After the declassification of the budget, the public discourse in the Armed Forces fraternity indicates that this pill is being accepted as one which must be swallowed in mute resignation. In fact, some analysts have eulogized the budget for the minor mercies showered on its defense establishment for the fear of even that being denied. The intellectual and perceptual gaps in the politico-military hierarchy could not have been starker. The lack of unitary politico military thought could cost the nation dearly.  The fact that it is costing Russia dearly, after being involved in a sapping conflict for nearly a year, should give us a clear indication of the danger of leaving the military out of the ‘loop’ and using armchair defense experts and bureaucrats in their place. Afterall, wise people learn from other’s mistakes.  Are we destined to be fools forever?   

One might say that I have gone over the top. Allow me to elucidate further with some examples. Increasing defense exports, to offset defense expenditure is a stated policy of the government. Yet there is no organized road map or structure to realize laid down goals. In the absence of such a plan, backed by an organization, an important stream of revenue is completely missing in the national budget. What is more distressing is that the opportunity for defense exports is now. There is a Russia sized hole in the international defense market. Who is filling it? Predictably China! What are we doing? Twiddling thumbs – even though we can produce or service Russian equipment the most. Further, one expects the national budget to lay the tone for incentivizing defense innovation and enhancing defense atmanirbharta. That was clearly missing in the budget presentation. It was also announced with some fanfare (some time back) that defense research will go beyond the brick wall of DRDO to spur academia and private research. The public silence on this is deafening to say the least. It appears that a well-coordinated hijack has taken place to ensure that the DRDO bastion is not breached. It is understandable that defense expenditure is a white elephant proposition. It will remain so until the vibrancy of market financing mechanisms (including venture capitalism) and the potential of startups are not tapped. Till new ideas are floated and some elementary risk is taken, the anemic IDEX will remain the weak harbinger of startups in defense. Something more robust and meaningful is needed at national level. By the time a startup goes through the hoops of the myriad procedures, it is time for a ‘shutdown’. Many of these issues will find their right feet if we can embark of some degree of sensible civil military fusion. However, our discourse on civil military fusion is limited in concept to fast tracking defense acquisition. All this is aided and abetted by a bureaucracy completely at odds with reality. The budget is just a reflection of the ills that plague the defense establishment.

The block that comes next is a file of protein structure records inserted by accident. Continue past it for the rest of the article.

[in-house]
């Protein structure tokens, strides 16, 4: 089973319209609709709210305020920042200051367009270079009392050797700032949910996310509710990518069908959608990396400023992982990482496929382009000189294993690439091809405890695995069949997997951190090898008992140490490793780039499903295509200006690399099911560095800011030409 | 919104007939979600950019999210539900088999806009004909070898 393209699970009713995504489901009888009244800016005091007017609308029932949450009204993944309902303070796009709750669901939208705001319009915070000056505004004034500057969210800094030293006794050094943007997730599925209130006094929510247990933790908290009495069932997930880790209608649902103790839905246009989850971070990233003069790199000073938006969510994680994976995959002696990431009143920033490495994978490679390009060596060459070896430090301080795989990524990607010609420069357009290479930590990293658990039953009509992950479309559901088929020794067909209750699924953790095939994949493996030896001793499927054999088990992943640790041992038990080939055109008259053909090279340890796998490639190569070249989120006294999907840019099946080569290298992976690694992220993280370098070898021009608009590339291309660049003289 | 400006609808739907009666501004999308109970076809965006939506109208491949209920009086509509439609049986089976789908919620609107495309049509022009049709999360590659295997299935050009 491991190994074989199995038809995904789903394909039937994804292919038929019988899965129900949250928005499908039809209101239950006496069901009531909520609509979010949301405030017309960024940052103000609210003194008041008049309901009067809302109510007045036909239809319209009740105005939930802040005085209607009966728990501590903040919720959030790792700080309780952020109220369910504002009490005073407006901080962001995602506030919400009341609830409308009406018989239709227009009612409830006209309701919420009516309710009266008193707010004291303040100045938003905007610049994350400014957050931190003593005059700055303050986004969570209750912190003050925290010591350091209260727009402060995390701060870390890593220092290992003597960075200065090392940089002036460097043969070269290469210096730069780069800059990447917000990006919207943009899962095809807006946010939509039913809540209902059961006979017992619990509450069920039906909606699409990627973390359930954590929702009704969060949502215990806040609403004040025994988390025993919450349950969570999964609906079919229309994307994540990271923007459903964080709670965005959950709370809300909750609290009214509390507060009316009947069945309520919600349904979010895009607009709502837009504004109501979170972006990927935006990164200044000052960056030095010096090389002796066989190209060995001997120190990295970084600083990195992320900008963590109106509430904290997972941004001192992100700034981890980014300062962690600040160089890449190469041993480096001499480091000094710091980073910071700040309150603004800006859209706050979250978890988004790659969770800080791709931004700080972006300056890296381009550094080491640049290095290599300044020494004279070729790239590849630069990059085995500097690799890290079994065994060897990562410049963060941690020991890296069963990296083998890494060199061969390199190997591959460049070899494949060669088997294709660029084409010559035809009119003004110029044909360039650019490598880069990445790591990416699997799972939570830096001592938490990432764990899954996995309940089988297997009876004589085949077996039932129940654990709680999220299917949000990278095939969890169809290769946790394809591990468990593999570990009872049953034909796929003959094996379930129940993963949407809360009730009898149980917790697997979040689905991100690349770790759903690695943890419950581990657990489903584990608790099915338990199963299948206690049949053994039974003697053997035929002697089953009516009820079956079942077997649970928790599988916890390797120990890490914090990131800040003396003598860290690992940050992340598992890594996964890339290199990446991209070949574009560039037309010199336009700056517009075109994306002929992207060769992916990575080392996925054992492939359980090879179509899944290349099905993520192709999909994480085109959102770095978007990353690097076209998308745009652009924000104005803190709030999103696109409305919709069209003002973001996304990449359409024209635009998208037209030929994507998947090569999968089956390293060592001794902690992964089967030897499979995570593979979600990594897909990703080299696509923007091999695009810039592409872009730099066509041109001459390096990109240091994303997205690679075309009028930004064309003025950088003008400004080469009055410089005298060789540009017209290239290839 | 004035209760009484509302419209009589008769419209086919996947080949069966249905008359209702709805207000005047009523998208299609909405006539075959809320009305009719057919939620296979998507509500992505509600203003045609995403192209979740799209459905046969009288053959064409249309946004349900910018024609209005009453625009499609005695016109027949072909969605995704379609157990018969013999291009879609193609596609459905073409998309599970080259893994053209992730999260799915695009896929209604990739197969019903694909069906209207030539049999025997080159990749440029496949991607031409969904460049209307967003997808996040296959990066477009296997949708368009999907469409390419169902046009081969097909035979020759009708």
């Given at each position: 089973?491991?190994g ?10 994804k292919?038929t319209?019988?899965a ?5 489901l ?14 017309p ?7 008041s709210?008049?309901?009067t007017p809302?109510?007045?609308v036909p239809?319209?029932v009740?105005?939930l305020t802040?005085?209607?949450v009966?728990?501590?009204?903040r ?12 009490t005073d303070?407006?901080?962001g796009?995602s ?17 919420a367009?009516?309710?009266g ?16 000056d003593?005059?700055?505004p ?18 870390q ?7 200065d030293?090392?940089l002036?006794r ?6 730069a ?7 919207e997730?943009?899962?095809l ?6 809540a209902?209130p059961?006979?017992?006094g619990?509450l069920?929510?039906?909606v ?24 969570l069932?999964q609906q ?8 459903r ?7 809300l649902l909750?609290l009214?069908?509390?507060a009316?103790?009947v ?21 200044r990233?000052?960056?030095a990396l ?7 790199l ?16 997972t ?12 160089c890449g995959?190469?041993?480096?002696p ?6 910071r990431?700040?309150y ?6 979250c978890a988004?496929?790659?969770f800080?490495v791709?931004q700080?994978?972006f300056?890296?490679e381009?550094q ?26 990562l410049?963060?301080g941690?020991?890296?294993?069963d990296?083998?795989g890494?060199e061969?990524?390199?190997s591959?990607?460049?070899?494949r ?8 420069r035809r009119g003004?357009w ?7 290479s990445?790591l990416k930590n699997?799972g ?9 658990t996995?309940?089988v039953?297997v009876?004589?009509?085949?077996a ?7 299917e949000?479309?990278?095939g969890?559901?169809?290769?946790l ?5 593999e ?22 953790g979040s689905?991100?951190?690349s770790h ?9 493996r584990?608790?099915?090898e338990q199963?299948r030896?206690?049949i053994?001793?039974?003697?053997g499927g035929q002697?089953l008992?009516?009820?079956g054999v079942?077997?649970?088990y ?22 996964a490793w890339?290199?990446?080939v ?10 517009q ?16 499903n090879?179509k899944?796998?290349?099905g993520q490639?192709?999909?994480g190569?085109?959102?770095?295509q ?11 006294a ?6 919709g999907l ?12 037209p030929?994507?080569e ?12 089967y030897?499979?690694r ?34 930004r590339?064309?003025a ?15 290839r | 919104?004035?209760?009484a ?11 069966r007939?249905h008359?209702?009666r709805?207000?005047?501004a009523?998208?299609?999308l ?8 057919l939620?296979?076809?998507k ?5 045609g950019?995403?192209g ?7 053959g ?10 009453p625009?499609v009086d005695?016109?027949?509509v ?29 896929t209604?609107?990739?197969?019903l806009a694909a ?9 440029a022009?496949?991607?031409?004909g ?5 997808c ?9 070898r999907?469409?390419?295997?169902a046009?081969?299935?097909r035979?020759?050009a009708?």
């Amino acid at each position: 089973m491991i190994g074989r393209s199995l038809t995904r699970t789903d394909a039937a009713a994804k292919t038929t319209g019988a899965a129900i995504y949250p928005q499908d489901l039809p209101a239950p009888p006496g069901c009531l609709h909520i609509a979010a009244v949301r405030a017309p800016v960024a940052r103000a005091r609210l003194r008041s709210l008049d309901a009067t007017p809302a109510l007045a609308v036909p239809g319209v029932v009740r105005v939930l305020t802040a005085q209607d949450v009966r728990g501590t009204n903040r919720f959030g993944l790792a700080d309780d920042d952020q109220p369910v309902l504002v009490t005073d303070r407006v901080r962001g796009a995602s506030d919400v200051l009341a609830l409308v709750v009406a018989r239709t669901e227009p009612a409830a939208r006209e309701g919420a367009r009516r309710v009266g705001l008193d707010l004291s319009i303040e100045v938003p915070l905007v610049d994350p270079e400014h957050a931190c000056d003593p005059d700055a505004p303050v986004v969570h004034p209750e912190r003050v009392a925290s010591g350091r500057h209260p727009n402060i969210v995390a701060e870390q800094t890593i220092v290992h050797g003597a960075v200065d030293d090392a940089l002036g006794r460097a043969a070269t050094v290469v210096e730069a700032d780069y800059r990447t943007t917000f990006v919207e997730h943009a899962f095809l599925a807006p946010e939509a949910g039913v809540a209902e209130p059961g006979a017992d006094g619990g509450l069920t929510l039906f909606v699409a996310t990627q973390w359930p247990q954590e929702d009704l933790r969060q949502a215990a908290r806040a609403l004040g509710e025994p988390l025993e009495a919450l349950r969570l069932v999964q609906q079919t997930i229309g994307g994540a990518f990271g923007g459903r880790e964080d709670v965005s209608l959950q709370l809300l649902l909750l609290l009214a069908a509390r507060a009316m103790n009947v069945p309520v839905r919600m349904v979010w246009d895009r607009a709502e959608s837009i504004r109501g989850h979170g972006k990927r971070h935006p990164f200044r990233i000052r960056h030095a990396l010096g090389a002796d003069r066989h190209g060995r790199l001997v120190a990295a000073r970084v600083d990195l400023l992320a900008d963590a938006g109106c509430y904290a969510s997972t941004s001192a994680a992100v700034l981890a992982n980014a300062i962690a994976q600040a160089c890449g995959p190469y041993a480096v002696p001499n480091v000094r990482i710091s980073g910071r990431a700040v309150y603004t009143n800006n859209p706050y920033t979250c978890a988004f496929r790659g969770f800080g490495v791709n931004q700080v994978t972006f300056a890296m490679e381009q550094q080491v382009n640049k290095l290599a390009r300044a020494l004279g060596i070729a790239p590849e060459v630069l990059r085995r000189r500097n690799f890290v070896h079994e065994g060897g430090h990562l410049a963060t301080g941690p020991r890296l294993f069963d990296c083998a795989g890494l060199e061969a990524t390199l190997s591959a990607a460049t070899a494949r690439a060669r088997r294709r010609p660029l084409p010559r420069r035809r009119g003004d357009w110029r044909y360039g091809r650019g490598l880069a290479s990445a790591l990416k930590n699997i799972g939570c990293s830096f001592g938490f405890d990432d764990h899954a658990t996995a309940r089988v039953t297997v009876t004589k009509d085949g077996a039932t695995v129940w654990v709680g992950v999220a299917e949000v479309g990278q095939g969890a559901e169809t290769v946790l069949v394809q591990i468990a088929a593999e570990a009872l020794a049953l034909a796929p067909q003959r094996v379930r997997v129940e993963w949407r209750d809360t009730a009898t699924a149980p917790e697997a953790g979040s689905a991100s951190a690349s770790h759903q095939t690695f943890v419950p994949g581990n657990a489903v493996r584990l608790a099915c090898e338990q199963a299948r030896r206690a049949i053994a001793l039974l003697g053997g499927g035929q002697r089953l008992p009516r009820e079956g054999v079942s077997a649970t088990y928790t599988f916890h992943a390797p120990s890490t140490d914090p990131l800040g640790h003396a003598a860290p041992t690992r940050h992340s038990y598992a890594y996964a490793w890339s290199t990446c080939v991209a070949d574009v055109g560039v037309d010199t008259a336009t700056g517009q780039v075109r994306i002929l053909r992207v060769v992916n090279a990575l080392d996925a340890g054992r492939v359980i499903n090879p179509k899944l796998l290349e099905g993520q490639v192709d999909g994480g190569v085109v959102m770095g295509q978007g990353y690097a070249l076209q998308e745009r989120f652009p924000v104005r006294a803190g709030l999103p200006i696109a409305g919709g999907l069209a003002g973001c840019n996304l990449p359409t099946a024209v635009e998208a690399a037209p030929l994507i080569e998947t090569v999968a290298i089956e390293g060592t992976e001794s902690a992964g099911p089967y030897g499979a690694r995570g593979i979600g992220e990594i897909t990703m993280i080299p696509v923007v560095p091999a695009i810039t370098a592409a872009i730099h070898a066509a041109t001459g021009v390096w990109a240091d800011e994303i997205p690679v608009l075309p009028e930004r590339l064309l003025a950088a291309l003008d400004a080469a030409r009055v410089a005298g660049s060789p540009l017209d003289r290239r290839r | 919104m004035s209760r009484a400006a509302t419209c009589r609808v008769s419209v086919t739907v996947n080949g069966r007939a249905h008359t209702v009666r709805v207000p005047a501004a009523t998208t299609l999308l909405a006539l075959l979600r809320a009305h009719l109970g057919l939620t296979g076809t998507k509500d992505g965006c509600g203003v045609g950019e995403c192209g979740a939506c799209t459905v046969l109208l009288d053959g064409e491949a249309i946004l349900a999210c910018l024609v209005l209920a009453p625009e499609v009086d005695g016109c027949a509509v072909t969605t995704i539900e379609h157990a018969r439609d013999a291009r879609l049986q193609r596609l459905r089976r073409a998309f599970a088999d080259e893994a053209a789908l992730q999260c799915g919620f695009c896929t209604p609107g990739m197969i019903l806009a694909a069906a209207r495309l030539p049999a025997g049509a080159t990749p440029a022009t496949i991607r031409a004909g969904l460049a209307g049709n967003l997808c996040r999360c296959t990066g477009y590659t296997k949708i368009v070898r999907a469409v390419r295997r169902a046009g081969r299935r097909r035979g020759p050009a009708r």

Last but not the least, I would like to make another point. Even if the finance minister did make some additional allotment to financially meet our defense necessities, I am confident that the entire staff of the MOD finance will not be able to advise or guide the MOD and Services on how to spend it effectively. In fact, very often they do the opposite due to a misplaced sense of probity, morality and vision of what’s good for the nation. Simply put, India lacks the structure to modernize its military. In effect, India will lack the ability to rise as a great power despite having the potential of being able to do so.

My remarks on the defense budget are not a punt on the finance ministry alone. Much of this responsibility lies with the men in uniform also. The military leaders in Delhi must leave the fighting to the front-line troops and start looking over the horizon to prepare the armed forces and the nation for the future. They bear the responsibility of putting across the bottom lines to the political hierarchy, without fear or favor, instead of parroting what is politically correct (ostensibly).  It is time that the leadership – military and political sit down together and hammer things out. Our growth and role as a power of consequence and our attempts to achieve strategic independence is predicated on how the defense establishment grows. The defense budget is only a reflection of the problems within. 

I do understand that not many will heed this bleat. However, it is time heed the clarion call of the salami slicer who has recovered from Covid. One can prevent one Yangtse. How can we prevent more which are coming our way relentlessly if we are not prepared?           


4 responses to “A Perspective on the Defense Budget by Lt Gen P R Shankar (R)”

  1. Arjun gpalaratnam Avatar
    Arjun gpalaratnam

    Well said.


  3. Great points. I feel that a lot has been done to equip the military in the last 8:yeas and a lot more needs to be done. The capacities need to be created before we can make the big leap. Seems to be a question of the political priorities and national bandwidth.